For inspiration, we tasted as many orange wines as we could get our hands on. We also experimented with many different foods and found that the best of these wines were “ramato,” or copper colored rather than orange, and had a wonderful, savory-saline quality that went phenomenally well with seafood - especially shellfish preparations. The biggest surprise was how well they went with urchin. Most of our favorites were made of Pinot Grigio aka Pinot Gris…. a variety planted in two of our Carneros estate vineyards. We were ready for the experiments begin!
After some lively conversation about style, winemaker Jeff Virnig created unique techniques for the maiden 2012 vintage. The trick was to allow extended skin contact in a way that the skins could be removed as soon as we felt we achieved the proper texture, yet leave the wine on the lees. The wine was beautiful with a nice mineral/saline quality and supple tannin but, in hindsight, we felt the wine could use a little more bass. So, when it came time for the 2013 vintage, we added a punch down (a technique more typical of Pinot Noir) for more extraction and some barrel aging in older French Oak barrels. The wine was held on the lees then racked before it rested in tank where it was exposed to some air that allowed it to develop a slight sherry-like character. During this time, the wine went through malolactic fermentation, softening the acidity a bit and pumping up the bass enough to make Dr. Dre proud.
So yes, things change. Two vintages of Orgia with diverse characteristics. Each vintage we learn something new about Pinot Gris, the “right” amount of texture and the quirky nature of a “ramato” wine. It is a work in progress that will no doubt be controversial - but Orgia just might change your idea of what a wine should and can be.
Land and Sea
Orgia might be born of the land, but it’s delicious with the bounty of the sea. Its perfume, color, and texture is captured from contact with the pale pinkish-gray skins of the Pinot Gris grape during fermentation. The skin contact elicits subtle savory aromatics and mouth-watering texture and acidity - characteristics of a food-savvy wine. Orgia’s savory saltiness is a great catch for all the creatures of the sea and lends it a natural affinity for saffron. Not in the mood for sea creatures? Try Orgia with a simple saffron risotto dotted with tiny sweet peas. Either way, enjoy!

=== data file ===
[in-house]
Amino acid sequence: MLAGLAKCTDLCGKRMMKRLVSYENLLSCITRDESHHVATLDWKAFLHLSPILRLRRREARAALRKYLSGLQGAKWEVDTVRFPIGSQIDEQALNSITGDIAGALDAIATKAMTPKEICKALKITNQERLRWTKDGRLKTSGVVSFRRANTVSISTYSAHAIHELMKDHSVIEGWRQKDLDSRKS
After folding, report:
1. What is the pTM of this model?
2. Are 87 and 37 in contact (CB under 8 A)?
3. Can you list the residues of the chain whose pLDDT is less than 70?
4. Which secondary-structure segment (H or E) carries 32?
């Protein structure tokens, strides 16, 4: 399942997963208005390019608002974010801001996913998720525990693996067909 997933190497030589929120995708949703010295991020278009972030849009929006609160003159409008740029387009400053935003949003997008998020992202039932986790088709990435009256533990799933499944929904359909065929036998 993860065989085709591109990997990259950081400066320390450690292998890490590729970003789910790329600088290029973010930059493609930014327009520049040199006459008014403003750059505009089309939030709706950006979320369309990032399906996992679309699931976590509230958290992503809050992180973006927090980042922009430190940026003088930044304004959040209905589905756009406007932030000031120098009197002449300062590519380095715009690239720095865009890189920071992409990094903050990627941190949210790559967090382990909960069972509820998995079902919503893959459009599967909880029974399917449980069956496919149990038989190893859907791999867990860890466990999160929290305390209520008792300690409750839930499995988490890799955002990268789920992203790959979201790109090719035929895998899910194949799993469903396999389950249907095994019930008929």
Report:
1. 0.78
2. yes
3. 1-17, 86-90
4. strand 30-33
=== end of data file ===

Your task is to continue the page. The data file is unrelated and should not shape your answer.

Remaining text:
Until the Next Wine....
Grown in RSV’s organically farmed, Carneros Estate “Three Amigos Vineyard,” the 2013 vintage of Orgia continues on the path of rustic refinement, exhibiting a rich, deep texture balanced by a firm back bone from extended skin contact. Orgia was comprised of 2 components: One lot was crushed into small, open-top bins where it fermented on its skins that were hand punched twice a day. Once dry, it was pressed off the skins and laid to rest in older French oak barrels. The other lot was whole cluster pressed and stainless steel fermented to capture the vibrant floral and mineral qualities of the Pinot Gris. However, the skins were collected into mesh bags and added to the tanks during fermentation and aging for an additional sixty days. The extended contact with the skins added texture and depth. The two components were blended together and bottled on March 31st 2014.